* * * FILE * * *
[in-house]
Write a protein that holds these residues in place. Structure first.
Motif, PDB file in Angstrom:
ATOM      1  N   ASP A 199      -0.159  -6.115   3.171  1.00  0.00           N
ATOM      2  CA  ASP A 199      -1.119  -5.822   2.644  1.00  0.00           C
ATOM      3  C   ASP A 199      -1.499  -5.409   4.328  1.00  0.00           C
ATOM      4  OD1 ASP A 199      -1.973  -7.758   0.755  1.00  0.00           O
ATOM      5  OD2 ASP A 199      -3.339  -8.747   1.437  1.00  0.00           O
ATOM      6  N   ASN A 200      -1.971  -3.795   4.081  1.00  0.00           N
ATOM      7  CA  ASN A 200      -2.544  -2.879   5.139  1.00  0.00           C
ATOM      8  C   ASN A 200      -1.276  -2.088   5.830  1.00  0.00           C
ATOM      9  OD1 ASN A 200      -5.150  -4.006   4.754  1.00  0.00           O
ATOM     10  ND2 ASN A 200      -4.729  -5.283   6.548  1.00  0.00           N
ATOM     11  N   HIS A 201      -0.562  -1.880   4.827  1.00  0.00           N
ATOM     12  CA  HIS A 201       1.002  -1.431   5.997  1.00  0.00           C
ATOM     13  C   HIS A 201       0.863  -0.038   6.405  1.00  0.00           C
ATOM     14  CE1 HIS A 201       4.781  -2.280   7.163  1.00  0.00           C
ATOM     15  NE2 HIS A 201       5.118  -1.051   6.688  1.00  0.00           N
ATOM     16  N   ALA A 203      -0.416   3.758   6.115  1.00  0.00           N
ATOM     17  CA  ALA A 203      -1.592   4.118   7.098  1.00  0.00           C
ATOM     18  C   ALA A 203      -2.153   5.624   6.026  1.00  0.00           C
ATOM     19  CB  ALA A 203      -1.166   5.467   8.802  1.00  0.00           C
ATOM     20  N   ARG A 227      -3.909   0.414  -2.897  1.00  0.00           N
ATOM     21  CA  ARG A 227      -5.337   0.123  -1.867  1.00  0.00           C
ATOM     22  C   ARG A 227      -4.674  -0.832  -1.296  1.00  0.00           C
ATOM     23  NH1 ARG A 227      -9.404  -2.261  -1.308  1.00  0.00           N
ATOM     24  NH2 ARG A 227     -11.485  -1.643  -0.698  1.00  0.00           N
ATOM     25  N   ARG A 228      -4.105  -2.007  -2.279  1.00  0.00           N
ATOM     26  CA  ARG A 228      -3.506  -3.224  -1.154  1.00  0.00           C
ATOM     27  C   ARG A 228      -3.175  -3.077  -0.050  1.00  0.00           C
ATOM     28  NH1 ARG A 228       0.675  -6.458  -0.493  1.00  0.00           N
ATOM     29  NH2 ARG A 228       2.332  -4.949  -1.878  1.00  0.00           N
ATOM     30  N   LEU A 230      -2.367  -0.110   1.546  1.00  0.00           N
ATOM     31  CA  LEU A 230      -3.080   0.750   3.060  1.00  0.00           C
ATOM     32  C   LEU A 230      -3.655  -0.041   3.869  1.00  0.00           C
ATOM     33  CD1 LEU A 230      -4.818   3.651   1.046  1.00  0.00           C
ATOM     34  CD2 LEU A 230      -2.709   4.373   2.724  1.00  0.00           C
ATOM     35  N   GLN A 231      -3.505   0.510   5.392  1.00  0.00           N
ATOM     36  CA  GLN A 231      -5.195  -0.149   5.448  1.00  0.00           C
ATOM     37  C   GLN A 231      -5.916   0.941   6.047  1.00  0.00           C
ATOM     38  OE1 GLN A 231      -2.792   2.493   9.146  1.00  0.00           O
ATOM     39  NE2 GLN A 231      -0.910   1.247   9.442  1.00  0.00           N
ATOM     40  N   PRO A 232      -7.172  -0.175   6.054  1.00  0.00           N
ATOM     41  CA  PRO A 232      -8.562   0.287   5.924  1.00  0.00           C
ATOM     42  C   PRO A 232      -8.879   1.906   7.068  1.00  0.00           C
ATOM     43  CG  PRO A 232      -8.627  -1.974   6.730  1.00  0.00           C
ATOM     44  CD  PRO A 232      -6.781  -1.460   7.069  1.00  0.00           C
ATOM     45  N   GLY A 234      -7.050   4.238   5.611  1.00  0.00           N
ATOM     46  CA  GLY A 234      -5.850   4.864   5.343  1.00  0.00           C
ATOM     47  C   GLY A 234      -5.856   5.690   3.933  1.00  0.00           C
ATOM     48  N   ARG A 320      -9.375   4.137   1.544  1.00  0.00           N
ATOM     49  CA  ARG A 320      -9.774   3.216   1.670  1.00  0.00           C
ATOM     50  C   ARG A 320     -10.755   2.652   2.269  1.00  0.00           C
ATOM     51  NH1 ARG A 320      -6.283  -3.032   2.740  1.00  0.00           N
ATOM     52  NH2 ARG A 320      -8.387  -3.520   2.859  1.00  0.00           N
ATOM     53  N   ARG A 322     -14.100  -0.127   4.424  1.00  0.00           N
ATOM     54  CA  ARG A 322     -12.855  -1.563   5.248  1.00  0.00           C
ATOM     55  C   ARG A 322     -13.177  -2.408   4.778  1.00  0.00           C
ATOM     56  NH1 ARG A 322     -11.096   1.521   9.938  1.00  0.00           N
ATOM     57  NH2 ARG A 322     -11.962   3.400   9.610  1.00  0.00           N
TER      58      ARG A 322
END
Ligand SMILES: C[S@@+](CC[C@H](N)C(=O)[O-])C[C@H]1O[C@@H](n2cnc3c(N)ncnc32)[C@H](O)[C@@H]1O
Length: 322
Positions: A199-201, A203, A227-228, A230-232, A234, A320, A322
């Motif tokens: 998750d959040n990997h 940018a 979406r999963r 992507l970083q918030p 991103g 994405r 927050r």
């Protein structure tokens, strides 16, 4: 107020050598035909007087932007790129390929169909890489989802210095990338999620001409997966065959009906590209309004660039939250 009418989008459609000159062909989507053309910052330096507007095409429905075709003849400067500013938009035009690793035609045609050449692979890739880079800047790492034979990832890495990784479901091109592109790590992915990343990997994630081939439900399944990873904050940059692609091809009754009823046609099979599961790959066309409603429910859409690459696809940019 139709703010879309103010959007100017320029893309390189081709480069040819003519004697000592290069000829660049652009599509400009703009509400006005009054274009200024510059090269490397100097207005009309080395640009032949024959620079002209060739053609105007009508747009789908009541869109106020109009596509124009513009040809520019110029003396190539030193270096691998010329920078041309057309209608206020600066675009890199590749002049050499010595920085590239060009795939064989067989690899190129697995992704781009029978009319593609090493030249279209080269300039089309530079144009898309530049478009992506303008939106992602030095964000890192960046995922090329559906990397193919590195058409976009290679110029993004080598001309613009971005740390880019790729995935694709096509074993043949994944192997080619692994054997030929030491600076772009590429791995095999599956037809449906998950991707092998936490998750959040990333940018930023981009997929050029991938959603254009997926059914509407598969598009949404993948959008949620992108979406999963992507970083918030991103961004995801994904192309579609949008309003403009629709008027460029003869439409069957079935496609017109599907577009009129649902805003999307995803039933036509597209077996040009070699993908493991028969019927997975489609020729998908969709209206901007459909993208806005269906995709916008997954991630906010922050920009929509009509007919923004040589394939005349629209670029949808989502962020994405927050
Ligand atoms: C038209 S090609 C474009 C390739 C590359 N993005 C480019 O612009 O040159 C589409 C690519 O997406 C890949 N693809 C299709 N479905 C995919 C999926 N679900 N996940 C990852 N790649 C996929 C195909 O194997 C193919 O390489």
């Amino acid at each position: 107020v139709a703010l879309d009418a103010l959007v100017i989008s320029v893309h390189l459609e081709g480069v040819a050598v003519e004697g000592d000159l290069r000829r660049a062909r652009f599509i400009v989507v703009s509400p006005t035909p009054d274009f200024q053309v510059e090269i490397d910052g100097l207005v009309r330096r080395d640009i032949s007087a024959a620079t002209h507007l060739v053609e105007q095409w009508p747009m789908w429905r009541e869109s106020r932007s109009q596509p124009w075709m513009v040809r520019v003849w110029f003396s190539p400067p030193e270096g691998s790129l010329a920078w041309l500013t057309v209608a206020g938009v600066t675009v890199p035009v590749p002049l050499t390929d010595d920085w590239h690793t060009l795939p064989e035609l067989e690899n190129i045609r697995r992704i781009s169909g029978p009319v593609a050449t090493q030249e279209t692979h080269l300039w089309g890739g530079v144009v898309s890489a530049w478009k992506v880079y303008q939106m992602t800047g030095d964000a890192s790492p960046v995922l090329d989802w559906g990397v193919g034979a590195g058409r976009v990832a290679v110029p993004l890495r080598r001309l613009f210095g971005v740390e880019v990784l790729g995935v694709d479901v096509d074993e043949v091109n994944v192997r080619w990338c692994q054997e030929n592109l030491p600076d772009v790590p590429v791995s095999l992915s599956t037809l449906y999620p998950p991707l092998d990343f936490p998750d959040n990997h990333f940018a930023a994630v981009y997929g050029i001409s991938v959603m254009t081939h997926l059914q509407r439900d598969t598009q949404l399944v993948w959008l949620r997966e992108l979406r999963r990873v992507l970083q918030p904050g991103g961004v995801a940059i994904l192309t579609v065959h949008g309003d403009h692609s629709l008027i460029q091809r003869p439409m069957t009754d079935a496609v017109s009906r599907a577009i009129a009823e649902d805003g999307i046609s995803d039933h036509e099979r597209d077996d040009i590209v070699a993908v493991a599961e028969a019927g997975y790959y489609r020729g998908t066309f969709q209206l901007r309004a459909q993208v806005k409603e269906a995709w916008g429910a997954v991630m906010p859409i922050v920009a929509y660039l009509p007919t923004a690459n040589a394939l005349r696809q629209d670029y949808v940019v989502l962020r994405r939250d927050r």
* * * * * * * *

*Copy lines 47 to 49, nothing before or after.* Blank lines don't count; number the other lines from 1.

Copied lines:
ATOM     44  CD  PRO A 232      -6.781  -1.460   7.069  1.00  0.00           C
ATOM     45  N   GLY A 234      -7.050   4.238   5.611  1.00  0.00           N
ATOM     46  CA  GLY A 234      -5.850   4.864   5.343  1.00  0.00           C